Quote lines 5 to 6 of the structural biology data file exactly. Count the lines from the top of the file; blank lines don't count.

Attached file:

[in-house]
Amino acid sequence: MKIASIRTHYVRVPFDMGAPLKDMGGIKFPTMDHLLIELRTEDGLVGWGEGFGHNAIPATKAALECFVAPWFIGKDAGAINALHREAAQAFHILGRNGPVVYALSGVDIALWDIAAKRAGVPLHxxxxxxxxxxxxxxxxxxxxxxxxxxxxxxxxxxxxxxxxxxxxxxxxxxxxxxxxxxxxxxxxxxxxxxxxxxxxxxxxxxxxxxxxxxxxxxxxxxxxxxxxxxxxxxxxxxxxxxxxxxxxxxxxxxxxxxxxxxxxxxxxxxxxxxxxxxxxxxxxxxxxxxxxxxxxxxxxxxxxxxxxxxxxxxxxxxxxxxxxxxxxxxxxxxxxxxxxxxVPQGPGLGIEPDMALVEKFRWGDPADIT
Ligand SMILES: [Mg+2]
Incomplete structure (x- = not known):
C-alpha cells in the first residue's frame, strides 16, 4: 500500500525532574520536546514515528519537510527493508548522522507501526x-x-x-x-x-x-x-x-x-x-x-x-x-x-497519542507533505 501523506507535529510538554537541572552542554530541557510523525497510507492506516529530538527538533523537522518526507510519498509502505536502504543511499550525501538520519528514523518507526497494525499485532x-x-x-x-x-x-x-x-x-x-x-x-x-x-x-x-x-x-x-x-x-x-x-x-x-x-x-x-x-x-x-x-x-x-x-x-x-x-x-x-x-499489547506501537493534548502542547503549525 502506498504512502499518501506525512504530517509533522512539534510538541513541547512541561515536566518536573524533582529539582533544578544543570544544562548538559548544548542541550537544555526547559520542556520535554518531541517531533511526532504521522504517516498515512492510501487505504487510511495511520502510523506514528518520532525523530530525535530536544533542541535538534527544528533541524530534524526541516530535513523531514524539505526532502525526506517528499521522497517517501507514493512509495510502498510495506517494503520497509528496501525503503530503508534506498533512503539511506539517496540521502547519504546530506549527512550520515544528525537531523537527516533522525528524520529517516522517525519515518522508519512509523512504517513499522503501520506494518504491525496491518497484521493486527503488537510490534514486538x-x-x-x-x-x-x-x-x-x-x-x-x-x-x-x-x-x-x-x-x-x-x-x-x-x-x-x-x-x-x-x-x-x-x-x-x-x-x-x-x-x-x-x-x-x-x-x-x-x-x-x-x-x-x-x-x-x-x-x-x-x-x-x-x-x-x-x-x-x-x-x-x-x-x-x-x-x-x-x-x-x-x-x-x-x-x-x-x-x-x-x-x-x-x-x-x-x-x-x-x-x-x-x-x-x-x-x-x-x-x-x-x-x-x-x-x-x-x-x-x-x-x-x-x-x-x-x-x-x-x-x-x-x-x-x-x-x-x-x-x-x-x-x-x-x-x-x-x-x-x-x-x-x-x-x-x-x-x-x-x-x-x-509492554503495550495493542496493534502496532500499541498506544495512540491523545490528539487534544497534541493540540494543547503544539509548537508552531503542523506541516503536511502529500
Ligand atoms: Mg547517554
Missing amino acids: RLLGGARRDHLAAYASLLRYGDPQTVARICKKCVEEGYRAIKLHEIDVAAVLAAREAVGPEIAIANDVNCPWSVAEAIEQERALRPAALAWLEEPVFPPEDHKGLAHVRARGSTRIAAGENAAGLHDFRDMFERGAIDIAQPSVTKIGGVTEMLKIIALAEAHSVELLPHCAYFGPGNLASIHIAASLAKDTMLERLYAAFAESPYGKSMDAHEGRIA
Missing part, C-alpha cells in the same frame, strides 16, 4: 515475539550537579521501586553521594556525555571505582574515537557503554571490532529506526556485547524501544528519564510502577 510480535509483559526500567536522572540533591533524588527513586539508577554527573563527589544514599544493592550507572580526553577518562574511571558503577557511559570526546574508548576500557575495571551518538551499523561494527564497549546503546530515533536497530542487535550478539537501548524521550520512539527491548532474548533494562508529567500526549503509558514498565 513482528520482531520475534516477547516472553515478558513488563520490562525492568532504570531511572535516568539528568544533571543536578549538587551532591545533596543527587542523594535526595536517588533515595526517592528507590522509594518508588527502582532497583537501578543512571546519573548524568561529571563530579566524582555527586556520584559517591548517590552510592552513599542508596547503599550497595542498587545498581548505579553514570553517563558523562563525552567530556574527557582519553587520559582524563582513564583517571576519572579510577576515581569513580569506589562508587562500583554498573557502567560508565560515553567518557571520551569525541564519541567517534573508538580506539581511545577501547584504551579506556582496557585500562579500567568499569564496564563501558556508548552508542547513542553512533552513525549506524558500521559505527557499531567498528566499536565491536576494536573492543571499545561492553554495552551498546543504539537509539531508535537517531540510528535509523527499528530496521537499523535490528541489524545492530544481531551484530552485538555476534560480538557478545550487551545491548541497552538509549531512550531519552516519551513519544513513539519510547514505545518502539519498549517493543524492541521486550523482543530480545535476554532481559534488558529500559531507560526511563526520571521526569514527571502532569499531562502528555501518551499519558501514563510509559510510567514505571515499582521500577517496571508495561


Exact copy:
C-alpha cells in the first residue's frame, strides 16, 4: 500500500525532574520536546514515528519537510527493508548522522507501526x-x-x-x-x-x-x-x-x-x-x-x-x-x-497519542507533505 501523506507535529510538554537541572552542554530541557510523525497510507492506516529530538527538533523537522518526507510519498509502505536502504543511499550525501538520519528514523518507526497494525499485532x-x-x-x-x-x-x-x-x-x-x-x-x-x-x-x-x-x-x-x-x-x-x-x-x-x-x-x-x-x-x-x-x-x-x-x-x-x-x-x-x-499489547506501537493534548502542547503549525 502506498504512502499518501506525512504530517509533522512539534510538541513541547512541561515536566518536573524533582529539582533544578544543570544544562548538559548544548542541550537544555526547559520542556520535554518531541517531533511526532504521522504517516498515512492510501487505504487510511495511520502510523506514528518520532525523530530525535530536544533542541535538534527544528533541524530534524526541516530535513523531514524539505526532502525526506517528499521522497517517501507514493512509495510502498510495506517494503520497509528496501525503503530503508534506498533512503539511506539517496540521502547519504546530506549527512550520515544528525537531523537527516533522525528524520529517516522517525519515518522508519512509523512504517513499522503501520506494518504491525496491518497484521493486527503488537510490534514486538x-x-x-x-x-x-x-x-x-x-x-x-x-x-x-x-x-x-x-x-x-x-x-x-x-x-x-x-x-x-x-x-x-x-x-x-x-x-x-x-x-x-x-x-x-x-x-x-x-x-x-x-x-x-x-x-x-x-x-x-x-x-x-x-x-x-x-x-x-x-x-x-x-x-x-x-x-x-x-x-x-x-x-x-x-x-x-x-x-x-x-x-x-x-x-x-x-x-x-x-x-x-x-x-x-x-x-x-x-x-x-x-x-x-x-x-x-x-x-x-x-x-x-x-x-x-x-x-x-x-x-x-x-x-x-x-x-x-x-x-x-x-x-x-x-x-x-x-x-x-x-x-x-x-x-x-x-x-x-x-x-x-x-509492554503495550495493542496493534502496532500499541498506544495512540491523545490528539487534544497534541493540540494543547503544539509548537508552531503542523506541516503536511502529500
Ligand atoms: Mg547517554